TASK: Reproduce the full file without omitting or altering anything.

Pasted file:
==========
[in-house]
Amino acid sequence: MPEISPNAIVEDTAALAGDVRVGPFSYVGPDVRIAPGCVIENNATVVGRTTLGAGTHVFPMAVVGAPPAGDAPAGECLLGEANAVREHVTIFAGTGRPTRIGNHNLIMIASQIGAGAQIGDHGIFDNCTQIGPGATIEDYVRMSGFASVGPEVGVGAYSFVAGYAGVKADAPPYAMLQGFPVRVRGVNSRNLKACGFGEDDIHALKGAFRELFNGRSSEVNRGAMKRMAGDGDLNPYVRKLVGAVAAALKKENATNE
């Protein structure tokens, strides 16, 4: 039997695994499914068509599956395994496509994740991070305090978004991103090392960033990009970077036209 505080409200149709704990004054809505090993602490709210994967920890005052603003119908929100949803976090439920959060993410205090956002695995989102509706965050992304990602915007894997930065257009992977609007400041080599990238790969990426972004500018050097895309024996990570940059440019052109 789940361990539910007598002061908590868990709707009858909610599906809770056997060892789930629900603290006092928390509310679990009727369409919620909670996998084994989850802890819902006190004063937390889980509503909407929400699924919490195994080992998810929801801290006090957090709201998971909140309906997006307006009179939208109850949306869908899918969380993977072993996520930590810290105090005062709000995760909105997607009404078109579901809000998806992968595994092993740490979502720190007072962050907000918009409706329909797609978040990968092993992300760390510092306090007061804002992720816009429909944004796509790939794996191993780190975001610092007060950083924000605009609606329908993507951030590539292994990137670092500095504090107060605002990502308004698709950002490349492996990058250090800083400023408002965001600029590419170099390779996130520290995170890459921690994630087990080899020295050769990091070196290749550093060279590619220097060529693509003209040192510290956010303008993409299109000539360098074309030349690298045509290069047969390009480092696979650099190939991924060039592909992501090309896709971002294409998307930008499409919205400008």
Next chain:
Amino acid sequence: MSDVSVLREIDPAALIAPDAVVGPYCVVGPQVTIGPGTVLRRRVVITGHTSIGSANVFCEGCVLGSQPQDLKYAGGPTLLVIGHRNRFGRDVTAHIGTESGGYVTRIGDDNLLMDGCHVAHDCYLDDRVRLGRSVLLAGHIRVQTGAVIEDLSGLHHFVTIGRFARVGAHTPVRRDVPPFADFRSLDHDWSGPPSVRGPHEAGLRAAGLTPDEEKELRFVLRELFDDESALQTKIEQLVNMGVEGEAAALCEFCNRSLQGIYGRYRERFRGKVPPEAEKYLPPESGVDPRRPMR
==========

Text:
[in-house]
Amino acid sequence: MPEISPNAIVEDTAALAGDVRVGPFSYVGPDVRIAPGCVIENNATVVGRTTLGAGTHVFPMAVVGAPPAGDAPAGECLLGEANAVREHVTIFAGTGRPTRIGNHNLIMIASQIGAGAQIGDHGIFDNCTQIGPGATIEDYVRMSGFASVGPEVGVGAYSFVAGYAGVKADAPPYAMLQGFPVRVRGVNSRNLKACGFGEDDIHALKGAFRELFNGRSSEVNRGAMKRMAGDGDLNPYVRKLVGAVAAALKKENATNE
């Protein structure tokens, strides 16, 4: 039997695994499914068509599956395994496509994740991070305090978004991103090392960033990009970077036209 505080409200149709704990004054809505090993602490709210994967920890005052603003119908929100949803976090439920959060993410205090956002695995989102509706965050992304990602915007894997930065257009992977609007400041080599990238790969990426972004500018050097895309024996990570940059440019052109 789940361990539910007598002061908590868990709707009858909610599906809770056997060892789930629900603290006092928390509310679990009727369409919620909670996998084994989850802890819902006190004063937390889980509503909407929400699924919490195994080992998810929801801290006090957090709201998971909140309906997006307006009179939208109850949306869908899918969380993977072993996520930590810290105090005062709000995760909105997607009404078109579901809000998806992968595994092993740490979502720190007072962050907000918009409706329909797609978040990968092993992300760390510092306090007061804002992720816009429909944004796509790939794996191993780190975001610092007060950083924000605009609606329908993507951030590539292994990137670092500095504090107060605002990502308004698709950002490349492996990058250090800083400023408002965001600029590419170099390779996130520290995170890459921690994630087990080899020295050769990091070196290749550093060279590619220097060529693509003209040192510290956010303008993409299109000539360098074309030349690298045509290069047969390009480092696979650099190939991924060039592909992501090309896709971002294409998307930008499409919205400008």
Next chain:
Amino acid sequence: MSDVSVLREIDPAALIAPDAVVGPYCVVGPQVTIGPGTVLRRRVVITGHTSIGSANVFCEGCVLGSQPQDLKYAGGPTLLVIGHRNRFGRDVTAHIGTESGGYVTRIGDDNLLMDGCHVAHDCYLDDRVRLGRSVLLAGHIRVQTGAVIEDLSGLHHFVTIGRFARVGAHTPVRRDVPPFADFRSLDHDWSGPPSVRGPHEAGLRAAGLTPDEEKELRFVLRELFDDESALQTKIEQLVNMGVEGEAAALCEFCNRSLQGIYGRYRERFRGKVPPEAEKYLPPESGVDPRRPMR